Perfect Tower 2 Review
Perfect Tower 2 is a Frankenstein's monster of a game (in a good way). It is part tower defense, part idle game, and part management sim. It's an ambitious sequel to the original Perfect Tower, developed by Fire Sword Studios.
PT2 expands upon the original Perfect Tower, and it makes a number of changes -- some of which we really enjoyed. Others, not so much.
The voxel aesthetic of Perfect Tower 2 is used to great effect, and the way its visual style integrates into the loose narrative world is a nice detail (looking at you, Cubos). Additionally, seeing your block city grow as you unlock new features feels gratifying.
The basic tower defense formula remains more or less the same. Having the player upgrade a central tower, defending against enemy cube monsters. While Perfect Tower 2 does make some changes to this formula, not all of these changes elevated the fun factor.
The first and perhaps most obvious is the addition of the modules and loadout system. Towers are now limited to an upgradeable number of modules, each having various effects from attack speed to added ice damage. Players obtain new modules in a number of different ways -- level progress, mini-games, prestige mechanics, etc.
I was interested in this system at first. Hunting down new modules to equip onto my tower sounded exciting. In practice though, it was much less interesting; The potential module pool is arbitrarily inflated. Most new mods you get will be copies of old ones but with an elemental difference. This made acquiring new loot dull and tiresome.
In Perfect Tower 2, enemy cubes now rush the tower on set tracks. This small change had a surprisingly negative impact on the visual satisfaction of the original Perfect Tower, which had enemies coming at you from all directions. That being said, the levels themselves were often vibrant and well-crafted.
Another change to core game play was the addition of an optional mana and spell system. These two give the player more active control during each level. I found myself avoiding these systems until much later in the game. Your tower can only equip a limited amount of modules and that space felt better spent on more passive bonuses.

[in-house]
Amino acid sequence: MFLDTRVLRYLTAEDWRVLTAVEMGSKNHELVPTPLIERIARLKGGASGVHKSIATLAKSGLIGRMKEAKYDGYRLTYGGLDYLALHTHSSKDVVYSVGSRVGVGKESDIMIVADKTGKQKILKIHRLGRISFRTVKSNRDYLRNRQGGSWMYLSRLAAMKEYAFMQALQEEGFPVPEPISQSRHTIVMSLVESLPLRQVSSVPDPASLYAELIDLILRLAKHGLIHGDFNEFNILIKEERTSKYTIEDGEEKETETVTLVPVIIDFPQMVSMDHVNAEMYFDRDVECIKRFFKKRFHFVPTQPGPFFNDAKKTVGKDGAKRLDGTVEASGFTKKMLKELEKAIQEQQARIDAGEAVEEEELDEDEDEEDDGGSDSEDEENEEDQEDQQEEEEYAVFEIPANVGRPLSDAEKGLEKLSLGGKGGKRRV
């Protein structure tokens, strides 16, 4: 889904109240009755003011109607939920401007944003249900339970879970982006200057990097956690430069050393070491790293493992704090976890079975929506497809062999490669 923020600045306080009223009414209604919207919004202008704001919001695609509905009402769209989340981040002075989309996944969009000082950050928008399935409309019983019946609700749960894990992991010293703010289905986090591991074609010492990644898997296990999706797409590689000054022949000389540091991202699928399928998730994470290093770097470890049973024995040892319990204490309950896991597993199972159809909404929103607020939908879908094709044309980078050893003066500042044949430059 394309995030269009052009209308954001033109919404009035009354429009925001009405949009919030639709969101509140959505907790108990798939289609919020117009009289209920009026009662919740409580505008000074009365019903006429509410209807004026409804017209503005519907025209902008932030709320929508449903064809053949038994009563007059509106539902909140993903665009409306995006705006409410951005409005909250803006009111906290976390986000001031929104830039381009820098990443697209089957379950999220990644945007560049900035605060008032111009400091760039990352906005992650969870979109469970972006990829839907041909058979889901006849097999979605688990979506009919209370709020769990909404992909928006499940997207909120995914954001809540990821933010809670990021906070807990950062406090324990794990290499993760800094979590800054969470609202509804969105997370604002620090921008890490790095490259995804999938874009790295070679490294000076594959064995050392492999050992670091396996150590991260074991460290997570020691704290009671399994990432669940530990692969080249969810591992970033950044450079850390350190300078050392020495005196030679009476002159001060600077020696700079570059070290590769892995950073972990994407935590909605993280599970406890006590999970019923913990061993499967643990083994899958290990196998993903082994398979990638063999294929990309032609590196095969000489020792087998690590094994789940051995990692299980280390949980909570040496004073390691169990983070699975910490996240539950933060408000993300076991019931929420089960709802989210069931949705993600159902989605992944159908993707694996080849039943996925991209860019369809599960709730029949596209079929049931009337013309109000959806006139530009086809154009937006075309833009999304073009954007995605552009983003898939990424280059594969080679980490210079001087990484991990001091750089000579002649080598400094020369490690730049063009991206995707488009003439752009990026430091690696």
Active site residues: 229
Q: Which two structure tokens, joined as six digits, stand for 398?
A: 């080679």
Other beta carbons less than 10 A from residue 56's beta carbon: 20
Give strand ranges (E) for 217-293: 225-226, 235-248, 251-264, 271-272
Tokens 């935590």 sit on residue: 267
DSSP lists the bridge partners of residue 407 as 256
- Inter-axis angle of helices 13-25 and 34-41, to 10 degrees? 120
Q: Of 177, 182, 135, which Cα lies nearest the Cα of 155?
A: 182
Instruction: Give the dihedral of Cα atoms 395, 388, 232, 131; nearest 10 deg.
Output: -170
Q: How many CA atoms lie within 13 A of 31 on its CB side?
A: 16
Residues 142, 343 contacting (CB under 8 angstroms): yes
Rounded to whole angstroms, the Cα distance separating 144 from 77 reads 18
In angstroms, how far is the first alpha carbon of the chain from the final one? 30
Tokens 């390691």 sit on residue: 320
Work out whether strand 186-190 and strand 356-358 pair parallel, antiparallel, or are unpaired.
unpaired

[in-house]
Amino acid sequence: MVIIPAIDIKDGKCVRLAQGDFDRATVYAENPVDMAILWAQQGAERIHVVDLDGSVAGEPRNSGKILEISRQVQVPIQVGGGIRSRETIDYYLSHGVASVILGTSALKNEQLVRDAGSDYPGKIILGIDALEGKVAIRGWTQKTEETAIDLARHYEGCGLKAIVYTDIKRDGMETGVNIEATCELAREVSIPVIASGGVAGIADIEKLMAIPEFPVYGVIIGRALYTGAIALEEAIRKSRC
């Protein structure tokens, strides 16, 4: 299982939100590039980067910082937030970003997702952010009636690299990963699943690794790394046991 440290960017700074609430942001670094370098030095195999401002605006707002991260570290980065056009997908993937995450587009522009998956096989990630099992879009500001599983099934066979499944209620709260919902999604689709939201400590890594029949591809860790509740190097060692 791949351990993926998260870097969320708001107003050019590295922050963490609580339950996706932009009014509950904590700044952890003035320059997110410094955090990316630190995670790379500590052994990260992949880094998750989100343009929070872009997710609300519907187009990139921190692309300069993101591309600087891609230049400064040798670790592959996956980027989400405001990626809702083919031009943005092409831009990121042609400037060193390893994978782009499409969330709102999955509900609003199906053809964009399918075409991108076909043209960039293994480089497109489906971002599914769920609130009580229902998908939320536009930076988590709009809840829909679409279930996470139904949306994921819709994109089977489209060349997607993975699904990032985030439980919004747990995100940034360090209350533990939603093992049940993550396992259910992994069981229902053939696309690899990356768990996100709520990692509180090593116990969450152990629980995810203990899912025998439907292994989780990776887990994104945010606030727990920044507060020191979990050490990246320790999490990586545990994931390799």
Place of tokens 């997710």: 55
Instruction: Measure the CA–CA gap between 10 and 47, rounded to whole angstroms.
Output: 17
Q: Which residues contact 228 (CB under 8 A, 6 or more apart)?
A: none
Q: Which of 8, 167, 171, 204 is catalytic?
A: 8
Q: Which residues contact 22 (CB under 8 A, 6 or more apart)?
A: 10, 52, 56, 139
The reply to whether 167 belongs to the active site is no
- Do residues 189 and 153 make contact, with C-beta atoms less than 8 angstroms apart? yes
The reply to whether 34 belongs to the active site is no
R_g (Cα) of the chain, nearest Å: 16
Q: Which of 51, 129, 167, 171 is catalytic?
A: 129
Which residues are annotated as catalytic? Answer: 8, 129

The active tower defense portion of Perfect Tower 2 is unfortunately tedious. With so many redundant tower modules, equipping and upgrading your tower pre-level felt like a chore. Unfortunately, this is one of the main features of PT2, so much of your progress is tied to this tower part of the game.
Luckily, there are ways to streamline this process; for example, making it "more idle" with time, or becoming a farm for main currency instead of the core aspect of the game. Only at this point did I truly start to enjoy what Perfect Tower 2 had to offer.
Perfect Tower 2 is chock-full of mini-games, each having their own unique rules, goals, rewards, and visual style. While I appreciated the amount of content, it all felt a bit disjointed. Like someone threw a bunch of games into a blender and then baked the results. They lacked a kind of well-thought-out cohesion.
That isn't to say these mini-games are bad. I quite enjoyed playing them. In fact, I enjoyed them more than the main tower defense part of the game. Which felt uninspired and bland. A marked difference from the original Perfect tower.
These minigames really saved the experience for me. Offering a bunch of fun, bite-sized puzzle and idle mechanics. Mining, laboratory, and the power plant being among my favorites. There really is a lot to do and unlock in Perfect Tower 2. There are even fully rendered 3D boss fights, which felt a tad out of place in the game but were fun nonetheless.
All in all, Perfect Tower 2 is an alright game and there's definitely fun to be had here. I wonder though, if dropping the tower segment altogether would have made for a more enjoyable experience. If you like idle games and can look past some of its rough edges, then Perfect Tower 2 might be for you.